Facebook's Zuckerberg 'pretty sure' company won't make social games

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Mark ZuckerbergRiiight. We're onto you, Mark. Jokes (momentarily) aside, Facebook CEO Mark Zuckerberg (pictured) and COO Sheryl Sandberg told journalist Charlie Rose during a PBS interview that aired Monday night that Facebook will not build its own social games, Business Insider reports. However, it's interesting to note that the Big Z is the one who led the conversation into games, and continues to praise them.

"One thing that we haven't talked about at all here are games, right," Zuckerberg told Rose. "I mean, games is probably the biggest industry today that has gone really social, right. I mean, the incumbent game companies are really being disrupted and are quickly trying to become social. And you have companies like Zynga."

Despite his deep enthusiasm for social games, the Facebook chief said, "No, I'm pretty sure we're not going to build any games." That is, after Rose repeatedly interrupted the guy ... jeez. Zuckerberg went on to elaborate that Facebook is better off focusing its resources on creating a single ecosystem for smaller products, like games, music streaming services and more.

The guy kind of has a point. For Facebook to start its own game studio, it would draw focus away from the company's core product: a social network and platform. Here's a piece of the transcribed interview in which Rose appears to interrupt Zuckerberg, like, a lot:
Mark Zuckerberg: One thing that we haven't talked about at all here are games, right. I mean, games is probably the biggest industry today that has gone really social, right. I mean, the incumbent game companies are really being disrupted and are quickly trying to become social. And you have companies like Zynga.

Charlie Rose: Yeah, well –

Mark Zuckerberg: – which are going public soon and will be valued at most likely at multibillion dollar valuations. And basically all of their games are built on top of Facebook for the most part.

Charlie Rose: Exactly.

Mark Zuckerberg: And a huge number of other companies as well. So I mean, does Facebook build any games? No. We build no games.

Charlie Rose: You say that today –

Mark Zuckerberg: No, we –

Charlie Rose: You say that today.

Mark Zuckerberg: Actually –

Sheryl Sandberg: I'm pretty sure we're not going to –

Mark Zuckerberg: No, I'm pretty sure we're not going to build any games.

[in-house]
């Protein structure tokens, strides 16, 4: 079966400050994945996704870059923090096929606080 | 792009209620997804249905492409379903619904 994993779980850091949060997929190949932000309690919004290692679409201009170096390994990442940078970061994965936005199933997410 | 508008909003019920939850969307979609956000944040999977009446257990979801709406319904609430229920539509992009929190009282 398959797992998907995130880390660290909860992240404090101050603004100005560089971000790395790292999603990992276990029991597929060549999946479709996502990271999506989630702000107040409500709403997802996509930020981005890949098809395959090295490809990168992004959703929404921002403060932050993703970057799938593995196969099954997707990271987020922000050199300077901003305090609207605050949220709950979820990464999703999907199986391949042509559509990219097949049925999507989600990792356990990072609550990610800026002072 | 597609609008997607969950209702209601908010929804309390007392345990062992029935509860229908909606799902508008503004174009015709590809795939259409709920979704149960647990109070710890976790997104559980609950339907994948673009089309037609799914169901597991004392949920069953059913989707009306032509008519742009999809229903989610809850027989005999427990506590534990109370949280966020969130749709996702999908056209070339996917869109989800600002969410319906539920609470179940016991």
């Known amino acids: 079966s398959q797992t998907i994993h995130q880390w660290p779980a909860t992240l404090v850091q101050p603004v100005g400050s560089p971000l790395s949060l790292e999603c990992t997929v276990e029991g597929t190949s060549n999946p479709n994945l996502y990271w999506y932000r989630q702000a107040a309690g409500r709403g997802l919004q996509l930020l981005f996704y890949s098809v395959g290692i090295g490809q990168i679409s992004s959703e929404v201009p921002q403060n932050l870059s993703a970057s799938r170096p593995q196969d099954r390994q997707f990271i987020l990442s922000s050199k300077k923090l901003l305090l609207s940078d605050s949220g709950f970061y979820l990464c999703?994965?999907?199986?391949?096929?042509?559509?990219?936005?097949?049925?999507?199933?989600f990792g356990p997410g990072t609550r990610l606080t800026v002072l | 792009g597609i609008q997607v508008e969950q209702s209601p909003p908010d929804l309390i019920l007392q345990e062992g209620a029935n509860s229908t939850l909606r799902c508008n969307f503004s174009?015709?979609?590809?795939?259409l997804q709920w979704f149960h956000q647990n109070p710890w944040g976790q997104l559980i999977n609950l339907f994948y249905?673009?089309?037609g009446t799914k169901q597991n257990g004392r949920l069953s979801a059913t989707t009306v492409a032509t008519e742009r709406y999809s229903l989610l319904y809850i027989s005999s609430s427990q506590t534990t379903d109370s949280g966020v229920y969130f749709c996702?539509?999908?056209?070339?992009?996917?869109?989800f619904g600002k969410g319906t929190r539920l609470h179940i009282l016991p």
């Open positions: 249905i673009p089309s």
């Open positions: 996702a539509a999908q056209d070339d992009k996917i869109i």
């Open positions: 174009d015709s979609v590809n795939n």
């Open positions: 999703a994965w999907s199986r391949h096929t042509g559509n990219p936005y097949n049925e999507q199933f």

Sheryl Sandberg: [unintelligible] we're not going to build games.

Mark Zuckerberg: We build –

Charlie Rose: Well, why are you so sure?

Mark Zuckerberg: Here's why. Here's why.

Charlie Rose: I'm only saying this because people thought that Steve Jobs –

Mark Zuckerberg: I'll tell you why.

Charlie Rose: – would never go into retail, and he did.

Mark Zuckerberg: I'll tell you why.

Charlie Rose: All right.

Mark Zuckerberg: Because building games is really hard. And so that's –

Charlie Rose: So that's the only reason.

Mark Zuckerberg: And we're doing - what we're doing is really hard. And we think that we're better off focusing on this piece. I think that building a great game service is really hard. Building a great music service is really hard. Building a great movie service is really hard. And we just believe that an independent entrepreneur will always beat a division of a big company which is why we think that the strategy of these other companies trying to do everything themselves will inevitably be less successful than an ecosystem where you have someone like Facebook trying to build the core product to help people connect and then independent great companies that are only focused on one or two things doing those things really well.

Sheryl Sandberg: And those companies can't - don't have the discipline to do it, right. They get big, and everyone wants to do everything, and they just say yes. And then they don't do everything well.
[Image Credit: AP Photo/Jeff Chiu]

Do you think Facebook is smart for avoiding the social games space itself, and simply creating a platform for them? How has Facebook done in that regard so far? Sound off in the comments. Add Comment.
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